Relief is on the way for those struggling to find baby formula.
On Monday, the White House announced that the Biden administration is sourcing a flight to transport Nestlé infant formulas from Cologne, Germany to Fort Worth on June 9.
The flight is part of the ongoing Operation Fly Formula, aimed at speeding up the import of infant formula to restock stores as soon as possible.
According to the White House, this delivery will include 110,000 pounds of Nestlé NAN SupremePro Stage 1infant formula, approximately 1.6 million 8-ounce bottles. The product will be available across the country through Nestlé/Gerber distribution channels, and additional deliveries of Nestlé formula will be announced in the coming days.
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Several more flights are scheduled for June 9 as well. On Thursday, United Airlines will ship 3.7 million bottles of Kendamil formula from London. That formula will become available in Target stores in the coming weeks. The U.S. will fly in several shipments of Bubs Formula from Australia starting that same day.
The flights come as Abbott Nutrition – the makers of Similac and the largest producer of baby formula in the country – has reopened its shut down plant in Michigan over the weekend, after meeting initial requirements set by the Food and Drug Administration.
The company said it will start by ramping up the production of Elecare and other specialty formulas for infants with food allergies.
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At this point, the first batches are not expected to hit store shelves for more than two weeks, around June 20.
"We’re also working hard to fulfill the steps necessary to restart production of Similac and other formulas and will do so as soon as we can," an Abbott spokesperson told NBC News. "We understand the urgent need for formula, and our top priority is getting high-quality, safe formula into the hands of families across America."
The current baby formula crisis that has been plaguing the nation escalated four months ago when the company’s Michigan plant shut down following an inspection that found a type of bacteria dangerous to babies. It possibly landed some infants in the hospital. This lead to a massive recall of Abbott Nutrition’s formula, exacerbating an already tight market that was impacted by supply chain issues and the pandemic.
According to NBC News, Abbott was allowed to resume production after agreeing to a consent decree with the FDA, stipulating that the Michigan facility must retain an independent expert to review operations and ensure that the company is following the law.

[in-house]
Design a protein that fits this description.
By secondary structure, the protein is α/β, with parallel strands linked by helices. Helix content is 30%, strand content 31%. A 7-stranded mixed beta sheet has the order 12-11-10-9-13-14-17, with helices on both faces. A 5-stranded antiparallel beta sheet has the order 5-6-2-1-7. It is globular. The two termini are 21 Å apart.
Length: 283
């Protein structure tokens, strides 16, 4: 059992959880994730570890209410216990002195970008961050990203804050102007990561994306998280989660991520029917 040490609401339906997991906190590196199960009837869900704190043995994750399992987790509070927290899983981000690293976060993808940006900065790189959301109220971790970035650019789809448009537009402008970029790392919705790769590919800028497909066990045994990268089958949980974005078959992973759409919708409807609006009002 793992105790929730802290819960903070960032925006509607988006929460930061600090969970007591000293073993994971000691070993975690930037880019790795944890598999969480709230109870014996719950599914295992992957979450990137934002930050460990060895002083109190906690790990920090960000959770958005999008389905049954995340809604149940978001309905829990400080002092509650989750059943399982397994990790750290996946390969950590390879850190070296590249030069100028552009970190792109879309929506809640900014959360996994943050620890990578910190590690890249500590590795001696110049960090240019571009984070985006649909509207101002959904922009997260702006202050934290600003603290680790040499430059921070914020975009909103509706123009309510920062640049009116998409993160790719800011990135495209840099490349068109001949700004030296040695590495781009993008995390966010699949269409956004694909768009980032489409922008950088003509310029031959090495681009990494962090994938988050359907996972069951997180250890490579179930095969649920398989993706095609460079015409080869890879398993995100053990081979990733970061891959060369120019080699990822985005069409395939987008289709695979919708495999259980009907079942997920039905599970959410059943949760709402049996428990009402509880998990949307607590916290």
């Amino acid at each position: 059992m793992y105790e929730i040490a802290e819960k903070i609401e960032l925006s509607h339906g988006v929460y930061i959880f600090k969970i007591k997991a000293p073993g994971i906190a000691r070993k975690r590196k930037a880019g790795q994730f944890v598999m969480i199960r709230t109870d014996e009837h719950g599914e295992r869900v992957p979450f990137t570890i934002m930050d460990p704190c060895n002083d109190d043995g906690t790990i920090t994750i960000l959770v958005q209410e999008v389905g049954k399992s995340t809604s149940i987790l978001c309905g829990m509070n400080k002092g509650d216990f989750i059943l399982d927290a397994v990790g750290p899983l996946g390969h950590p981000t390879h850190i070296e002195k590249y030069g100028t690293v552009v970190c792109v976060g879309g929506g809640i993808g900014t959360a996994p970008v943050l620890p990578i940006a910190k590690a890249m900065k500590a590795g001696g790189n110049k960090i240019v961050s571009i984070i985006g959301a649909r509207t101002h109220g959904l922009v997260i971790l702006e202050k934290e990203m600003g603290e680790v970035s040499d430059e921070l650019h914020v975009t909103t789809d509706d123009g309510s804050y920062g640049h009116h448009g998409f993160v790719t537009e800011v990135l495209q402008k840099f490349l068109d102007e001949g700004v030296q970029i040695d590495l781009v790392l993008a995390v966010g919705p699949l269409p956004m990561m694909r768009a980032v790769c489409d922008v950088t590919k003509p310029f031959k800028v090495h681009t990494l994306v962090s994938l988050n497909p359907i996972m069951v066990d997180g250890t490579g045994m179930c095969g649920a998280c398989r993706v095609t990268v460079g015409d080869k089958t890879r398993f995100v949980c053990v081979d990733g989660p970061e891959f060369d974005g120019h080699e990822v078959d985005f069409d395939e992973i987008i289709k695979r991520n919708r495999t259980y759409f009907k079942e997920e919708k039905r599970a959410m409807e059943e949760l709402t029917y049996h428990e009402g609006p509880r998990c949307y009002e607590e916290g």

FDA investigators have been on-site at the plant for days overseeing the reopening process.
Over the last several weeks, the makers of other brands like Enfamil have been able to get help from the government to increase production and more formula to shelves.
This relief can't come soon enough. Out-of-stock rates for formula now hitting 73% nationwide, according to data on 130,000 stores followed by Datasembly. There are 10 states with out-of-stock rates at 90% or higher, including Louisiana, Mississippi, Florida and California.
It has caused parents like Lacy Rash of Corsicana are growing more desperate.
"It makes you mad, it makes you upset. It gives you mom guilt,” she said. “It makes you feel like crap, you can't feed your baby. You can't find it.”
What makes her situation even more dire is being a mom to a special needs baby.
One-year-old Elias was born with Down syndrome and other conditions that put him on a feeding tube. He relies on a very specialized formula.
And switching out isn't an option. When Similac was recalled, doctors moved him to another brand but Elias ended up in the hospital for two weeks because of constipation.
Now that Rash has found the right formula, she's had to rely on Facebook groups and bartering with medical supply companies just to feed her baby, all while also raising her other older son.
"You're having to ask people where have Nutramigen is, what stores have it in stock, or order it on Amazon, which is like $200 for like six cans,” she said. "To hear that it's not a crisis in this country, that we can't feed children is absurd to me – it just doesn't make any sense at all."
Like other parents, Rash has been stocking up on formula as much as possible. She said she's hopeful that the plant can move quickly on reproduction while also keeping safety in mind in light of the recall and contamination concerns.
"We will ramp production as quickly as we can while meeting all requirements," an Abbott spokesperson said in a statement to NBC News. "We’re committed to safety and quality and will do everything we can to re-earn the trust parents, caregivers and health care providers have placed in us for 130 years."